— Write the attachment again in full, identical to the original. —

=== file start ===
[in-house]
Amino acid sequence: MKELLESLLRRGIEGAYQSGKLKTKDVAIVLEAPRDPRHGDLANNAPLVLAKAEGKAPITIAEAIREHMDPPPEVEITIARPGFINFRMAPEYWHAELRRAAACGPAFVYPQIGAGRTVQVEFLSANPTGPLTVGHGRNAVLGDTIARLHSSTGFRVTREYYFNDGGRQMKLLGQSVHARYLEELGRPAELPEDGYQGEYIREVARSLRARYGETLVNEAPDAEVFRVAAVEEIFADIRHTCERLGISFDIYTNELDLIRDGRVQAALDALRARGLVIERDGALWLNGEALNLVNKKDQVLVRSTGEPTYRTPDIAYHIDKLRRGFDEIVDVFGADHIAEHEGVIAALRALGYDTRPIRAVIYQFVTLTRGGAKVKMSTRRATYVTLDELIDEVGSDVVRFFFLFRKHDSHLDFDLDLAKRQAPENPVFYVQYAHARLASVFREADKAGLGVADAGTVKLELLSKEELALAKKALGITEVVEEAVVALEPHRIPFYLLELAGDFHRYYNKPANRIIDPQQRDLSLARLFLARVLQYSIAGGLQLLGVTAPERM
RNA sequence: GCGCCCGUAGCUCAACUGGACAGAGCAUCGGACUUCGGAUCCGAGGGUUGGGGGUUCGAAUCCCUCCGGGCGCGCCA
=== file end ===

[in-house]
Amino acid sequence: MKELLESLLRRGIEGAYQSGKLKTKDVAIVLEAPRDPRHGDLANNAPLVLAKAEGKAPITIAEAIREHMDPPPEVEITIARPGFINFRMAPEYWHAELRRAAACGPAFVYPQIGAGRTVQVEFLSANPTGPLTVGHGRNAVLGDTIARLHSSTGFRVTREYYFNDGGRQMKLLGQSVHARYLEELGRPAELPEDGYQGEYIREVARSLRARYGETLVNEAPDAEVFRVAAVEEIFADIRHTCERLGISFDIYTNELDLIRDGRVQAALDALRARGLVIERDGALWLNGEALNLVNKKDQVLVRSTGEPTYRTPDIAYHIDKLRRGFDEIVDVFGADHIAEHEGVIAALRALGYDTRPIRAVIYQFVTLTRGGAKVKMSTRRATYVTLDELIDEVGSDVVRFFFLFRKHDSHLDFDLDLAKRQAPENPVFYVQYAHARLASVFREADKAGLGVADAGTVKLELLSKEELALAKKALGITEVVEEAVVALEPHRIPFYLLELAGDFHRYYNKPANRIIDPQQRDLSLARLFLARVLQYSIAGGLQLLGVTAPERM
RNA sequence: GCGCCCGUAGCUCAACUGGACAGAGCAUCGGACUUCGGAUCCGAGGGUUGGGGGUUCGAAUCCCUCCGGGCGCGCCA